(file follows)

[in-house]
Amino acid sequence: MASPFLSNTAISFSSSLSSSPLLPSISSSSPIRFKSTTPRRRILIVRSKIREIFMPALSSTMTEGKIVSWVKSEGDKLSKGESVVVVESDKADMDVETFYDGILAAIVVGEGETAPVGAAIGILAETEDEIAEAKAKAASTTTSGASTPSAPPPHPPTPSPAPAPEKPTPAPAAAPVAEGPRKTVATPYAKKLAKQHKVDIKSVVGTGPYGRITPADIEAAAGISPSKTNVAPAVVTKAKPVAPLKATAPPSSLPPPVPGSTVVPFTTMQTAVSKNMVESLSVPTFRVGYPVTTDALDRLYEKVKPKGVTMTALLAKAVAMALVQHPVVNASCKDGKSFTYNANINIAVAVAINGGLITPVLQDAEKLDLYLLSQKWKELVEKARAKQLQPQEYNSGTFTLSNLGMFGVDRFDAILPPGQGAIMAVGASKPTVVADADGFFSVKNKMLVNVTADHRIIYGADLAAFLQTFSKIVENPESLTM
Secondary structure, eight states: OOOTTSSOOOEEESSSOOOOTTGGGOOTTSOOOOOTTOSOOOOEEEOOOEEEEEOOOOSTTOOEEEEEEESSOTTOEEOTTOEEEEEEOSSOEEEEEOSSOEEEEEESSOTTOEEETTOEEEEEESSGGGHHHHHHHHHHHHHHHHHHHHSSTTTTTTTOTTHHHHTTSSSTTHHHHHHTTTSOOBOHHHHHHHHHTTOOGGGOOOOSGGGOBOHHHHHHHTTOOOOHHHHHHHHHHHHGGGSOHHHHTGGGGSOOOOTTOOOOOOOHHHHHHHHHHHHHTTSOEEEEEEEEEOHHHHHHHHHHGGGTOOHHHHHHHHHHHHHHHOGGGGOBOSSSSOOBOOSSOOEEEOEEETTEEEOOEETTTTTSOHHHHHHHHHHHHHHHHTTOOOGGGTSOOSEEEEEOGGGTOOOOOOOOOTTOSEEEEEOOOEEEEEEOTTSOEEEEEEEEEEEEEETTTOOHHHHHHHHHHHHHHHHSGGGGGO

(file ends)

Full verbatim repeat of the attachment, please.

[in-house]
Amino acid sequence: MASPFLSNTAISFSSSLSSSPLLPSISSSSPIRFKSTTPRRRILIVRSKIREIFMPALSSTMTEGKIVSWVKSEGDKLSKGESVVVVESDKADMDVETFYDGILAAIVVGEGETAPVGAAIGILAETEDEIAEAKAKAASTTTSGASTPSAPPPHPPTPSPAPAPEKPTPAPAAAPVAEGPRKTVATPYAKKLAKQHKVDIKSVVGTGPYGRITPADIEAAAGISPSKTNVAPAVVTKAKPVAPLKATAPPSSLPPPVPGSTVVPFTTMQTAVSKNMVESLSVPTFRVGYPVTTDALDRLYEKVKPKGVTMTALLAKAVAMALVQHPVVNASCKDGKSFTYNANINIAVAVAINGGLITPVLQDAEKLDLYLLSQKWKELVEKARAKQLQPQEYNSGTFTLSNLGMFGVDRFDAILPPGQGAIMAVGASKPTVVADADGFFSVKNKMLVNVTADHRIIYGADLAAFLQTFSKIVENPESLTM
Secondary structure, eight states: OOOTTSSOOOEEESSSOOOOTTGGGOOTTSOOOOOTTOSOOOOEEEOOOEEEEEOOOOSTTOOEEEEEEESSOTTOEEOTTOEEEEEEOSSOEEEEEOSSOEEEEEESSOTTOEEETTOEEEEEESSGGGHHHHHHHHHHHHHHHHHHHHSSTTTTTTTOTTHHHHTTSSSTTHHHHHHTTTSOOBOHHHHHHHHHTTOOGGGOOOOSGGGOBOHHHHHHHTTOOOOHHHHHHHHHHHHGGGSOHHHHTGGGGSOOOOTTOOOOOOOHHHHHHHHHHHHHTTSOEEEEEEEEEOHHHHHHHHHHGGGTOOHHHHHHHHHHHHHHHOGGGGOBOSSSSOOBOOSSOOEEEOEEETTEEEOOEETTTTTSOHHHHHHHHHHHHHHHHTTOOOGGGTSOOSEEEEEOGGGTOOOOOOOOOTTOSEEEEEOOOEEEEEEOTTSOEEEEEEEEEEEEEETTTOOHHHHHHHHHHHHHHHHSGGGGGO